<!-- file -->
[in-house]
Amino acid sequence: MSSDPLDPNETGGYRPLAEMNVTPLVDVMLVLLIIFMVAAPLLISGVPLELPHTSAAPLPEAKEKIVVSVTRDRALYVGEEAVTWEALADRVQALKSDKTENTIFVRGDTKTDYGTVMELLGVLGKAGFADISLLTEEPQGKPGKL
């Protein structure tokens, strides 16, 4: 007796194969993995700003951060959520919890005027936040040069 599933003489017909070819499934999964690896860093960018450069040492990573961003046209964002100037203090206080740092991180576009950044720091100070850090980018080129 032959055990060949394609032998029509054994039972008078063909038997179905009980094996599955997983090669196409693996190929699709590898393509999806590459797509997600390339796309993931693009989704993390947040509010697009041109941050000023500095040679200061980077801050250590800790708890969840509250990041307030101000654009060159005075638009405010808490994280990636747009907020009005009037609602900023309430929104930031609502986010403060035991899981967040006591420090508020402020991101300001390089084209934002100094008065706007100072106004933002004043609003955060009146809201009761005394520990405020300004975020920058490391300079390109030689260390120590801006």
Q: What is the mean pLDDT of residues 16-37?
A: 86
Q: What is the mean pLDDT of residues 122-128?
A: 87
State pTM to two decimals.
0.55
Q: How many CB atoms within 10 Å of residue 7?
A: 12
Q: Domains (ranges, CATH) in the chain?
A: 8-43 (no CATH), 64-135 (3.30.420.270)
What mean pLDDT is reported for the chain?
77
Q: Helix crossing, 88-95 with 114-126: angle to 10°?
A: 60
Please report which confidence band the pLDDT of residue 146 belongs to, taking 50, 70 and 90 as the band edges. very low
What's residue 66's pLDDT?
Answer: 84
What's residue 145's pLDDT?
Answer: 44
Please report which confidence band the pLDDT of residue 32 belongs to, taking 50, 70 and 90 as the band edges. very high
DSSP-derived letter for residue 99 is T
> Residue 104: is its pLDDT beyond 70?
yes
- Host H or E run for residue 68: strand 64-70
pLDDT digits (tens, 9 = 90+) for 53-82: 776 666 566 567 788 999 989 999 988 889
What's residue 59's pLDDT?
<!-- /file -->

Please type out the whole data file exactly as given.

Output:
[in-house]
Amino acid sequence: MSSDPLDPNETGGYRPLAEMNVTPLVDVMLVLLIIFMVAAPLLISGVPLELPHTSAAPLPEAKEKIVVSVTRDRALYVGEEAVTWEALADRVQALKSDKTENTIFVRGDTKTDYGTVMELLGVLGKAGFADISLLTEEPQGKPGKL
């Protein structure tokens, strides 16, 4: 007796194969993995700003951060959520919890005027936040040069 599933003489017909070819499934999964690896860093960018450069040492990573961003046209964002100037203090206080740092991180576009950044720091100070850090980018080129 032959055990060949394609032998029509054994039972008078063909038997179905009980094996599955997983090669196409693996190929699709590898393509999806590459797509997600390339796309993931693009989704993390947040509010697009041109941050000023500095040679200061980077801050250590800790708890969840509250990041307030101000654009060159005075638009405010808490994280990636747009907020009005009037609602900023309430929104930031609502986010403060035991899981967040006591420090508020402020991101300001390089084209934002100094008065706007100072106004933002004043609003955060009146809201009761005394520990405020300004975020920058490391300079390109030689260390120590801006």
Q: What is the mean pLDDT of residues 16-37?
A: 86
Q: What is the mean pLDDT of residues 122-128?
A: 87
State pTM to two decimals.
0.55
Q: How many CB atoms within 10 Å of residue 7?
A: 12
Q: Domains (ranges, CATH) in the chain?
A: 8-43 (no CATH), 64-135 (3.30.420.270)
What mean pLDDT is reported for the chain?
77
Q: Helix crossing, 88-95 with 114-126: angle to 10°?
A: 60
Please report which confidence band the pLDDT of residue 146 belongs to, taking 50, 70 and 90 as the band edges. very low
What's residue 66's pLDDT?
Answer: 84
What's residue 145's pLDDT?
Answer: 44
Please report which confidence band the pLDDT of residue 32 belongs to, taking 50, 70 and 90 as the band edges. very high
DSSP-derived letter for residue 99 is T
> Residue 104: is its pLDDT beyond 70?
yes
- Host H or E run for residue 68: strand 64-70
pLDDT digits (tens, 9 = 90+) for 53-82: 776 666 566 567 788 999 989 999 988 889
What's residue 59's pLDDT?